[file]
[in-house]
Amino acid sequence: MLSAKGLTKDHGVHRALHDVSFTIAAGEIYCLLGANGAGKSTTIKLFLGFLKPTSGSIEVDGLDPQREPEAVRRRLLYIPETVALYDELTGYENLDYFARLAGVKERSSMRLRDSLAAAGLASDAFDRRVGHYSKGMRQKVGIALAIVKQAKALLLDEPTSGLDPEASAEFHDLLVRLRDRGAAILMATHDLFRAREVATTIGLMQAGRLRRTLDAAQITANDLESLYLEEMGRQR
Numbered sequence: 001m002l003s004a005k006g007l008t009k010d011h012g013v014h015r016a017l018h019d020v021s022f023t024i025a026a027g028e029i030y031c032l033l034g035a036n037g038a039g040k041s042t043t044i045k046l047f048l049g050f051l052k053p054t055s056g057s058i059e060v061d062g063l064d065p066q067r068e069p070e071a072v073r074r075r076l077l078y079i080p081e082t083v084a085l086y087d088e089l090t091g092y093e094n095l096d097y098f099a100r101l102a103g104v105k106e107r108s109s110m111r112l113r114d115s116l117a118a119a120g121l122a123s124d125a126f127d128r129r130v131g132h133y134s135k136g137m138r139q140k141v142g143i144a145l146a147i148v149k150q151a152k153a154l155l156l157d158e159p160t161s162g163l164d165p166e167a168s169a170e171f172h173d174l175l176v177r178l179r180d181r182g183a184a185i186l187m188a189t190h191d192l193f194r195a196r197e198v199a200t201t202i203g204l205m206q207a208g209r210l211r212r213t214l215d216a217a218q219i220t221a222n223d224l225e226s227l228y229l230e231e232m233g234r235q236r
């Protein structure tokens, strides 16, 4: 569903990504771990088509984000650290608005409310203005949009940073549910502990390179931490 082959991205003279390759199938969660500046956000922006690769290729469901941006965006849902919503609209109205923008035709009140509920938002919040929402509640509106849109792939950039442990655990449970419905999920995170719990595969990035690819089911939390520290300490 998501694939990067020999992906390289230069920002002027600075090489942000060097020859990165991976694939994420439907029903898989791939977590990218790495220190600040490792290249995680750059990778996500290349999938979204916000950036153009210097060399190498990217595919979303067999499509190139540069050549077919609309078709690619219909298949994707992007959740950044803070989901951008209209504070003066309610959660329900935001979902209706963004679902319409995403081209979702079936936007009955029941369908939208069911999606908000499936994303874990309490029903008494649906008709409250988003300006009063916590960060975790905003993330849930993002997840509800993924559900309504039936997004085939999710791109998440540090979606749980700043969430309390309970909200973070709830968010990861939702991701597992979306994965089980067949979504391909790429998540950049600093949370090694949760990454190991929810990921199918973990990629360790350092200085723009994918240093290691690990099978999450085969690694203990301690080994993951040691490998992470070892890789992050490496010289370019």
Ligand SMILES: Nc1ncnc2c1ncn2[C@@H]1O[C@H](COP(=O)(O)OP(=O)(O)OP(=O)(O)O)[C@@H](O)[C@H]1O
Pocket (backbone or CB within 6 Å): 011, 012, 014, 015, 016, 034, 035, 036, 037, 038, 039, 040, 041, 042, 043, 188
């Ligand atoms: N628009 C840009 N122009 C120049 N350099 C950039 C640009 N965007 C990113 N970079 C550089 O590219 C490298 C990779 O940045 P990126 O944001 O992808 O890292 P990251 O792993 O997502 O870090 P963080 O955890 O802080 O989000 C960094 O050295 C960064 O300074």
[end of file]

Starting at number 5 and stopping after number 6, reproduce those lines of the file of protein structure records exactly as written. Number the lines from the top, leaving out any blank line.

Ligand SMILES: Nc1ncnc2c1ncn2[C@@H]1O[C@H](COP(=O)(O)OP(=O)(O)OP(=O)(O)O)[C@@H](O)[C@H]1O
Pocket (backbone or CB within 6 Å): 011, 012, 014, 015, 016, 034, 035, 036, 037, 038, 039, 040, 041, 042, 043, 188